As “The Secret Life of Walter Mitty” begins, a military officer orders an airplane crew to proceed with a flight through a dangerous storm. The crew members are scared but are buoyed by their commander’s confidence, and they express their faith in him. Suddenly, the setting switches to an ordinary highway, where Walter Mitty and his wife are driving into a city to run errands. The scene on the airplane is revealed to be one of Mitty’s many fantasies.
Mitty’s wife observes that he seems tense, and when he drops her off in front of a hair styling salon, she reminds him to go buy overshoes and advises him to put on his gloves. He drives away toward a parking lot and loses himself in another fantasy. In this daydream he is a brilliant doctor, called upon to perform an operation on a prominent banker. His thoughts are interrupted by the attendant at the parking lot, where Mitty is trying to enter through the exit lane. He has trouble backing out to get into the proper lane, and the attendant has to take the wheel. Mitty walks away, resentful of the attendant’s skill and self-assurance.
Next, Mitty finds a shoe store and buys overshoes. He is trying to remember what else his wife wanted him to buy when he hears a newsboy shouting about a trial, which sends Mitty into another daydream. Mitty is on the witness stand in a courtroom. He identifies a gun as his own and reveals that he is a skillful marksman. His testimony causes a disturbance in the courtroom. An attractive young woman falls into his arms; the district attorney strikes her and Mitty punches him. This time Mitty brings himself out of his reverie by remembering what he was supposed to buy. “Puppy biscuit,” he says aloud, leading a woman on the street to laugh and tell her friend, ‘ “That man said ‘Puppy biscuit’ to himself.”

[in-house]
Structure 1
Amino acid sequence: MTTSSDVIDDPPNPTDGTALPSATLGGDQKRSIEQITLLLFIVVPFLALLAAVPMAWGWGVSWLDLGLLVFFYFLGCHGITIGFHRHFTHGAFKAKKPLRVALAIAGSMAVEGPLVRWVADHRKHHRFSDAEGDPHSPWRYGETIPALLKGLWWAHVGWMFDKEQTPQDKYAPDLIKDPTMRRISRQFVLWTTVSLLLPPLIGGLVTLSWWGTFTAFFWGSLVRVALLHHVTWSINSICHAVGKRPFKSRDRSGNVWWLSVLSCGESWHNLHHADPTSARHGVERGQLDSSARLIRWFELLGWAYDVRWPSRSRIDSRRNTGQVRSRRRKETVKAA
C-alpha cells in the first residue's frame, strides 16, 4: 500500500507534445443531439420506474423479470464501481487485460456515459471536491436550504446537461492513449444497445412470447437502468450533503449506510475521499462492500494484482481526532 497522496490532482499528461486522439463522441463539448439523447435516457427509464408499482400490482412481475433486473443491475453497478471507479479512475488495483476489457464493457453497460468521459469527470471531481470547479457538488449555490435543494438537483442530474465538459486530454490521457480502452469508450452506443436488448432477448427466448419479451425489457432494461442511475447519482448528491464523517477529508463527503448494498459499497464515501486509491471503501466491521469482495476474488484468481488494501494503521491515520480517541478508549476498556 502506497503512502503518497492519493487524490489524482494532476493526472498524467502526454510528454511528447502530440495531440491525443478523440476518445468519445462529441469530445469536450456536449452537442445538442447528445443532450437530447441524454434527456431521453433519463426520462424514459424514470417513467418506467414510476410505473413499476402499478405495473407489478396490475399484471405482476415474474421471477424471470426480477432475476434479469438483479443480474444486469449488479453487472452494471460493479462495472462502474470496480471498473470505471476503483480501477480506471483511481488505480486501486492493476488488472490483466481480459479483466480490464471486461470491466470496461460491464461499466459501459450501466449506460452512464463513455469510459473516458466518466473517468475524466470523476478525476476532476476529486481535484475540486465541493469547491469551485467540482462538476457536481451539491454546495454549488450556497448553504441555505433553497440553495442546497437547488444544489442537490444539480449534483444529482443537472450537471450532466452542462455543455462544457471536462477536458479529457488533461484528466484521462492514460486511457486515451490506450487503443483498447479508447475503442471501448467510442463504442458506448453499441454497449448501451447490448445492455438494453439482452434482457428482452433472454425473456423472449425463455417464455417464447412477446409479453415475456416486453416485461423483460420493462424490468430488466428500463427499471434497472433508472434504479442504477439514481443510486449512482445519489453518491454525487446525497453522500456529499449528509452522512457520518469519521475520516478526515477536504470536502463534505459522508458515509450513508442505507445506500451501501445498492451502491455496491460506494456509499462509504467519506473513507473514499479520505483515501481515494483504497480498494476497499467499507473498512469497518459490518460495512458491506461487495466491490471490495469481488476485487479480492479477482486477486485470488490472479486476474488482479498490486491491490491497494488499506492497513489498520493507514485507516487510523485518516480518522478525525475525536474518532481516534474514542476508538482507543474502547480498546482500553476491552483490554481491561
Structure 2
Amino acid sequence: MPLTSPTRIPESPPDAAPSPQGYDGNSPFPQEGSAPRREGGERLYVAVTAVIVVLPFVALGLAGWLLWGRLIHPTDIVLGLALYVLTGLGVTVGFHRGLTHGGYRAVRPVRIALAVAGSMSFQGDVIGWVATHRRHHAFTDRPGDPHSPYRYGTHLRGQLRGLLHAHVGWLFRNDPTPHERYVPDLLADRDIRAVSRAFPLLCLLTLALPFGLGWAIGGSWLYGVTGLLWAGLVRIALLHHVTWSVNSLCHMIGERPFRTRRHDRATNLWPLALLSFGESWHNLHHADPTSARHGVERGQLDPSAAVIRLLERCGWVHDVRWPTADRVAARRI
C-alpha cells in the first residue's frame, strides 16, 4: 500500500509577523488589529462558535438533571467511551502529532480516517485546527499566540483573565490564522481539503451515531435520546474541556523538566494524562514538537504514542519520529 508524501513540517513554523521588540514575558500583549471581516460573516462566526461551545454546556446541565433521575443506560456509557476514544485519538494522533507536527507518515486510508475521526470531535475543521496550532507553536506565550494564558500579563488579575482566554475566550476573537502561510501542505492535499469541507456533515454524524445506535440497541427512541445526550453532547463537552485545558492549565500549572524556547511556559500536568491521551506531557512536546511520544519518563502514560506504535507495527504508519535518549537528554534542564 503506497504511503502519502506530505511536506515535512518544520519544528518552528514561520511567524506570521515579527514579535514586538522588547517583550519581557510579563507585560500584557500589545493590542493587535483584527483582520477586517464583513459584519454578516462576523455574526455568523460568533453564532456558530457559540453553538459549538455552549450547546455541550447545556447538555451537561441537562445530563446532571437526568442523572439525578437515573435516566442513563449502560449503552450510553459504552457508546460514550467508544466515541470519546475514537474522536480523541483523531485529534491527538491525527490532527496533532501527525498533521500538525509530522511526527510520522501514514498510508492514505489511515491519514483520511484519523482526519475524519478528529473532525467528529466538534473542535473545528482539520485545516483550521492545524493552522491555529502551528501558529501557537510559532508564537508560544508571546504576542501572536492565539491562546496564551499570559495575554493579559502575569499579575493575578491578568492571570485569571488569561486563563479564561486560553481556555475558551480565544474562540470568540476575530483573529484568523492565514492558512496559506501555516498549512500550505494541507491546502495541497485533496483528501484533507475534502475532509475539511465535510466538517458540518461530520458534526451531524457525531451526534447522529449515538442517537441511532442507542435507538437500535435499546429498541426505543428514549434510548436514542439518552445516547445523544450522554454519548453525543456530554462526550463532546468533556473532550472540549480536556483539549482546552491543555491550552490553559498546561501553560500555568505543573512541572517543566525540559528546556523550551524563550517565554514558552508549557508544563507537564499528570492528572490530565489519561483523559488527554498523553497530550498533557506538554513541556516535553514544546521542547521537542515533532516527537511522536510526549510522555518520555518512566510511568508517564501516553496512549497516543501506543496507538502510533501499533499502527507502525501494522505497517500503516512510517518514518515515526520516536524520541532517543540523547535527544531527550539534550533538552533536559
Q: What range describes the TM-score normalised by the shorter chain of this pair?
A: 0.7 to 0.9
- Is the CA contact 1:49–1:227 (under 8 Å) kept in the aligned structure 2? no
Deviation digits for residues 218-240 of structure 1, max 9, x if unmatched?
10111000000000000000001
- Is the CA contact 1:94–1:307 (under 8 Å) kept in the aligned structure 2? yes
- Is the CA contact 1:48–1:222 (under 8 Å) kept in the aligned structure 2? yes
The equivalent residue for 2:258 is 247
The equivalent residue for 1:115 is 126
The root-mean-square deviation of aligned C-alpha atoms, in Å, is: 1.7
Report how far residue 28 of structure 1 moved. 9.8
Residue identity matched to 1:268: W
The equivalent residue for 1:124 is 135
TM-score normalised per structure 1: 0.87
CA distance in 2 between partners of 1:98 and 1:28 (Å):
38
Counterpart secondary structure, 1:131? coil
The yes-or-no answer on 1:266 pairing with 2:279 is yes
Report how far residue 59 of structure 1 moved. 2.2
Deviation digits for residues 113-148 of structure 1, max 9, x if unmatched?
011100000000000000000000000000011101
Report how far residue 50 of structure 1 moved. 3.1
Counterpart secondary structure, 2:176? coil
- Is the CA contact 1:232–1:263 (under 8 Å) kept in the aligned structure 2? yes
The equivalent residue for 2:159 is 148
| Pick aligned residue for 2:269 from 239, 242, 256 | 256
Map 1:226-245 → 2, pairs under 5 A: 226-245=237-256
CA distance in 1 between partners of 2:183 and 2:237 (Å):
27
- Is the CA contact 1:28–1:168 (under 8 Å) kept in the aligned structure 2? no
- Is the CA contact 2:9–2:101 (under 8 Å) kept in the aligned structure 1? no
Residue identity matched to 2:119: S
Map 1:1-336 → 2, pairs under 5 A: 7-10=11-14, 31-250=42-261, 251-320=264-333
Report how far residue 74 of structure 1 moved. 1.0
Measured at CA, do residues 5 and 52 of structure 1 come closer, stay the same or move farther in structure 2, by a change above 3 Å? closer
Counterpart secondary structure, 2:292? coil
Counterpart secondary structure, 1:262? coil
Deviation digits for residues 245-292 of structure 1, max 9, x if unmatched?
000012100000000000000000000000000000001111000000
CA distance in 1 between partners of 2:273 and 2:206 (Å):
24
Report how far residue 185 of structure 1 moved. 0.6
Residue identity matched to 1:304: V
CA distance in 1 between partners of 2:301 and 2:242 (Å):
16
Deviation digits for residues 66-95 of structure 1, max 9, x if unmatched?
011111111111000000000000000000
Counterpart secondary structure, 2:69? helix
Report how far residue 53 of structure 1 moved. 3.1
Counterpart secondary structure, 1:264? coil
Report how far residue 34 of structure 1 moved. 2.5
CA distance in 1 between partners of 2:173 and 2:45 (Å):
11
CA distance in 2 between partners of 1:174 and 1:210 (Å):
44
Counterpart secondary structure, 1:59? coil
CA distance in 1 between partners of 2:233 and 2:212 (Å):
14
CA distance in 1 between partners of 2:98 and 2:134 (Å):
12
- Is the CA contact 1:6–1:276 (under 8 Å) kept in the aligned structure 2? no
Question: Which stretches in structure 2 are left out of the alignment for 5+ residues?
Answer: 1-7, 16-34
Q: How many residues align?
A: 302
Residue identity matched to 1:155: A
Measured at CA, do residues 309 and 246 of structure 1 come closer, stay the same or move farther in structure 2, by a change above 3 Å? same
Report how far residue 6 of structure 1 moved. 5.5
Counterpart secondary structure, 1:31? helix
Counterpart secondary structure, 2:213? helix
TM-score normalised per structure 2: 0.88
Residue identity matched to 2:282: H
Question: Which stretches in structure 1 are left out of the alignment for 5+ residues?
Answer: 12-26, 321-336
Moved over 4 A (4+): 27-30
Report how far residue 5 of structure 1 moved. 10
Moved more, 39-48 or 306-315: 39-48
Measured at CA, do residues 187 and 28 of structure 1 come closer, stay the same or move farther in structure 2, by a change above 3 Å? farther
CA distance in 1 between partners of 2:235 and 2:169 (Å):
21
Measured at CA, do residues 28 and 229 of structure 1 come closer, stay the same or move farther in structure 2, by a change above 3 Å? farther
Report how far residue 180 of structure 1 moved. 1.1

Mitty then goes to a grocery store for the dog biscuits and makes his way to the hotel lobby where he has arranged to meet his wife. He sits in a chair and picks up a magazine that carries a story about airborne warfare. He begins to daydream again, seeing himself as a heroic bomber pilot about to go on a dangerous mission. He is brave and lighthearted as he prepares to risk his life.
He returns to the real world when his wife claps him on the shoulder. She is full of questions, and he explains to her that he was thinking. “Does it ever occur to you that I am sometimes thinking?” he says. She replies that she plans to take his temperature when they get home. They leave the hotel and walk toward the parking lot. She darts into a drugstore for one last purchase, and Mitty remains on the street as it begins to rain. He lights a cigarette and imagines himself smoking it in front of a firing squad. He tosses the cigarette away and faces the guns courageously—”Walter Mitty the Undefeated, inscrutable to the last.”
Kathleen Wilson (Editor), Short Stories for Students: Presenting Analysis, Context & Criticism on Commonly Studied Short Stories, Volume 1, James Thurber, Published by Gale, 1997.